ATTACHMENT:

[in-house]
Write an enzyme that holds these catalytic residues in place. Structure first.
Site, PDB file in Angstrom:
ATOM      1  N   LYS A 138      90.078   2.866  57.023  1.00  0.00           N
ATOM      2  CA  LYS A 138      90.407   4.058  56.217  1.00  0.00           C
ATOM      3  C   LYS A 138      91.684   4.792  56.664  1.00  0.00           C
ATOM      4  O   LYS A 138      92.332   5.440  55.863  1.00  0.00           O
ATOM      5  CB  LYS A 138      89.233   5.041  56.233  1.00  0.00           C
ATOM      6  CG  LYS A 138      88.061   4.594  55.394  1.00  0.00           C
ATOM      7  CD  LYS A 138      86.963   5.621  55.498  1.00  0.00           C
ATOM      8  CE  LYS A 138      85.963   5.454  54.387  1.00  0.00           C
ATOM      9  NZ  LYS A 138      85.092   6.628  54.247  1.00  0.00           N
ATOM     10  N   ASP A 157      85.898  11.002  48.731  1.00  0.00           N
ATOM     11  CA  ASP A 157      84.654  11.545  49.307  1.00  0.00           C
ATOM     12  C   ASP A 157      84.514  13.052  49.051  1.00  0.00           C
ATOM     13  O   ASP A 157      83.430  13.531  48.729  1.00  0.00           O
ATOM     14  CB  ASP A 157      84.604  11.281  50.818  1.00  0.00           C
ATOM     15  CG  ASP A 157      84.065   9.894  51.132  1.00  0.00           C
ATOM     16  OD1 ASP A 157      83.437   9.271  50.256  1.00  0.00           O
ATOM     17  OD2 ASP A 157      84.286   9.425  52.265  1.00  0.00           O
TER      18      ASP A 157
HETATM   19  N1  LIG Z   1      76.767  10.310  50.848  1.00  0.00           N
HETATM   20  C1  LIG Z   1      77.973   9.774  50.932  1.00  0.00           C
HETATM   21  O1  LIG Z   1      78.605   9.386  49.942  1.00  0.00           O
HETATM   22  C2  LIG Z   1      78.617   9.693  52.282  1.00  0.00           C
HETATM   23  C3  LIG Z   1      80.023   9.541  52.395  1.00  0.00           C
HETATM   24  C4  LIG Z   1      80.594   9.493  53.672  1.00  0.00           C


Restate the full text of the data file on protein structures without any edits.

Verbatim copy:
[in-house]
Write an enzyme that holds these catalytic residues in place. Structure first.
Site, PDB file in Angstrom:
ATOM      1  N   LYS A 138      90.078   2.866  57.023  1.00  0.00           N
ATOM      2  CA  LYS A 138      90.407   4.058  56.217  1.00  0.00           C
ATOM      3  C   LYS A 138      91.684   4.792  56.664  1.00  0.00           C
ATOM      4  O   LYS A 138      92.332   5.440  55.863  1.00  0.00           O
ATOM      5  CB  LYS A 138      89.233   5.041  56.233  1.00  0.00           C
ATOM      6  CG  LYS A 138      88.061   4.594  55.394  1.00  0.00           C
ATOM      7  CD  LYS A 138      86.963   5.621  55.498  1.00  0.00           C
ATOM      8  CE  LYS A 138      85.963   5.454  54.387  1.00  0.00           C
ATOM      9  NZ  LYS A 138      85.092   6.628  54.247  1.00  0.00           N
ATOM     10  N   ASP A 157      85.898  11.002  48.731  1.00  0.00           N
ATOM     11  CA  ASP A 157      84.654  11.545  49.307  1.00  0.00           C
ATOM     12  C   ASP A 157      84.514  13.052  49.051  1.00  0.00           C
ATOM     13  O   ASP A 157      83.430  13.531  48.729  1.00  0.00           O
ATOM     14  CB  ASP A 157      84.604  11.281  50.818  1.00  0.00           C
ATOM     15  CG  ASP A 157      84.065   9.894  51.132  1.00  0.00           C
ATOM     16  OD1 ASP A 157      83.437   9.271  50.256  1.00  0.00           O
ATOM     17  OD2 ASP A 157      84.286   9.425  52.265  1.00  0.00           O
TER      18      ASP A 157
HETATM   19  N1  LIG Z   1      76.767  10.310  50.848  1.00  0.00           N
HETATM   20  C1  LIG Z   1      77.973   9.774  50.932  1.00  0.00           C
HETATM   21  O1  LIG Z   1      78.605   9.386  49.942  1.00  0.00           O
HETATM   22  C2  LIG Z   1      78.617   9.693  52.282  1.00  0.00           C
HETATM   23  C3  LIG Z   1      80.023   9.541  52.395  1.00  0.00           C
HETATM   24  C4  LIG Z   1      80.594   9.493  53.672  1.00  0.00           C